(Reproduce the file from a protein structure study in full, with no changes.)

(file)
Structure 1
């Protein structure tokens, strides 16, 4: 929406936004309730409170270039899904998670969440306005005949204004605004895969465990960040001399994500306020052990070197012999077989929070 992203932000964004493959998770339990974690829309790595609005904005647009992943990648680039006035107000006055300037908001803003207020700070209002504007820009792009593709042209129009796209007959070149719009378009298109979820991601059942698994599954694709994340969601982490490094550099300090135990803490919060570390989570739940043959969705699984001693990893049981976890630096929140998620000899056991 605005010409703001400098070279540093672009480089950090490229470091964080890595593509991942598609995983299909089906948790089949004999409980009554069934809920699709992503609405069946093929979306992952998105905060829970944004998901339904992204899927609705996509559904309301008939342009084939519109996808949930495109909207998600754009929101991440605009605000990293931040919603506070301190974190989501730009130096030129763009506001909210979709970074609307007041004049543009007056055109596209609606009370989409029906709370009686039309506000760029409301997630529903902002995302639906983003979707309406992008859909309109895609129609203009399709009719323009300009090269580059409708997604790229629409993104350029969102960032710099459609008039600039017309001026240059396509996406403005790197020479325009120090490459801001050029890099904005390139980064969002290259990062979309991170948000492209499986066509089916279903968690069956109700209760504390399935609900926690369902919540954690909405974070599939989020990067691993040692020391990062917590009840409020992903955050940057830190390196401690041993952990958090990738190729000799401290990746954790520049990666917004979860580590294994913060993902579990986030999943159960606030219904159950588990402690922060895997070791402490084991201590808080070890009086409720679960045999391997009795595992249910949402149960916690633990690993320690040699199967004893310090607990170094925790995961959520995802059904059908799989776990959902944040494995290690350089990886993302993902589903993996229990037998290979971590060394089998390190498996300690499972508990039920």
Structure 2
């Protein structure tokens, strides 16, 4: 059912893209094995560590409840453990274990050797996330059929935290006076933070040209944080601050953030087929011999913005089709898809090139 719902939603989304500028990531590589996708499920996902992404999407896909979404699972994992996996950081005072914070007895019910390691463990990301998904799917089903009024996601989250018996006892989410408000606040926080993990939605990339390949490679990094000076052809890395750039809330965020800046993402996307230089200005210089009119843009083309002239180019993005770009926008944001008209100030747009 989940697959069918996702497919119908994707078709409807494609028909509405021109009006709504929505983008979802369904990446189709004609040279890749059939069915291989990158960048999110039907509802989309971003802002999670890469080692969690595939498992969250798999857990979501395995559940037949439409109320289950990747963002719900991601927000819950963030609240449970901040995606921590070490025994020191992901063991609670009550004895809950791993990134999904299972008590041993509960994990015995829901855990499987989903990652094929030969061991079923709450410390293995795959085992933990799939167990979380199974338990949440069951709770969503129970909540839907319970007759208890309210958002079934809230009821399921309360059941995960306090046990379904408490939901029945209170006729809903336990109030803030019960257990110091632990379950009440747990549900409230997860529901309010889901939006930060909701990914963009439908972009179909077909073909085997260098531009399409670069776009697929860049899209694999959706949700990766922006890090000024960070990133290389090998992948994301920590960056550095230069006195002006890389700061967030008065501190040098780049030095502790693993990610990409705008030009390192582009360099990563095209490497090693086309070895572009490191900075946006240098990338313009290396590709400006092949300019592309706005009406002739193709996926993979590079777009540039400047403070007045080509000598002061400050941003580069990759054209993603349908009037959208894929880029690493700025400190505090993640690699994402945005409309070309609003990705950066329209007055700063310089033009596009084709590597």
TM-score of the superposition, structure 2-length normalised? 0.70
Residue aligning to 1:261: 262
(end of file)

Structure 1
């Protein structure tokens, strides 16, 4: 929406936004309730409170270039899904998670969440306005005949204004605004895969465990960040001399994500306020052990070197012999077989929070 992203932000964004493959998770339990974690829309790595609005904005647009992943990648680039006035107000006055300037908001803003207020700070209002504007820009792009593709042209129009796209007959070149719009378009298109979820991601059942698994599954694709994340969601982490490094550099300090135990803490919060570390989570739940043959969705699984001693990893049981976890630096929140998620000899056991 605005010409703001400098070279540093672009480089950090490229470091964080890595593509991942598609995983299909089906948790089949004999409980009554069934809920699709992503609405069946093929979306992952998105905060829970944004998901339904992204899927609705996509559904309301008939342009084939519109996808949930495109909207998600754009929101991440605009605000990293931040919603506070301190974190989501730009130096030129763009506001909210979709970074609307007041004049543009007056055109596209609606009370989409029906709370009686039309506000760029409301997630529903902002995302639906983003979707309406992008859909309109895609129609203009399709009719323009300009090269580059409708997604790229629409993104350029969102960032710099459609008039600039017309001026240059396509996406403005790197020479325009120090490459801001050029890099904005390139980064969002290259990062979309991170948000492209499986066509089916279903968690069956109700209760504390399935609900926690369902919540954690909405974070599939989020990067691993040692020391990062917590009840409020992903955050940057830190390196401690041993952990958090990738190729000799401290990746954790520049990666917004979860580590294994913060993902579990986030999943159960606030219904159950588990402690922060895997070791402490084991201590808080070890009086409720679960045999391997009795595992249910949402149960916690633990690993320690040699199967004893310090607990170094925790995961959520995802059904059908799989776990959902944040494995290690350089990886993302993902589903993996229990037998290979971590060394089998390190498996300690499972508990039920």
Structure 2
């Protein structure tokens, strides 16, 4: 059912893209094995560590409840453990274990050797996330059929935290006076933070040209944080601050953030087929011999913005089709898809090139 719902939603989304500028990531590589996708499920996902992404999407896909979404699972994992996996950081005072914070007895019910390691463990990301998904799917089903009024996601989250018996006892989410408000606040926080993990939605990339390949490679990094000076052809890395750039809330965020800046993402996307230089200005210089009119843009083309002239180019993005770009926008944001008209100030747009 989940697959069918996702497919119908994707078709409807494609028909509405021109009006709504929505983008979802369904990446189709004609040279890749059939069915291989990158960048999110039907509802989309971003802002999670890469080692969690595939498992969250798999857990979501395995559940037949439409109320289950990747963002719900991601927000819950963030609240449970901040995606921590070490025994020191992901063991609670009550004895809950791993990134999904299972008590041993509960994990015995829901855990499987989903990652094929030969061991079923709450410390293995795959085992933990799939167990979380199974338990949440069951709770969503129970909540839907319970007759208890309210958002079934809230009821399921309360059941995960306090046990379904408490939901029945209170006729809903336990109030803030019960257990110091632990379950009440747990549900409230997860529901309010889901939006930060909701990914963009439908972009179909077909073909085997260098531009399409670069776009697929860049899209694999959706949700990766922006890090000024960070990133290389090998992948994301920590960056550095230069006195002006890389700061967030008065501190040098780049030095502790693993990610990409705008030009390192582009360099990563095209490497090693086309070895572009490191900075946006240098990338313009290396590709400006092949300019592309706005009406002739193709996926993979590079777009540039400047403070007045080509000598002061400050941003580069990759054209993603349908009037959208894929880029690493700025400190505090993640690699994402945005409309070309609003990705950066329209007055700063310089033009596009084709590597």
TM-score of the superposition, structure 2-length normalised? 0.70
Residue aligning to 1:261: 262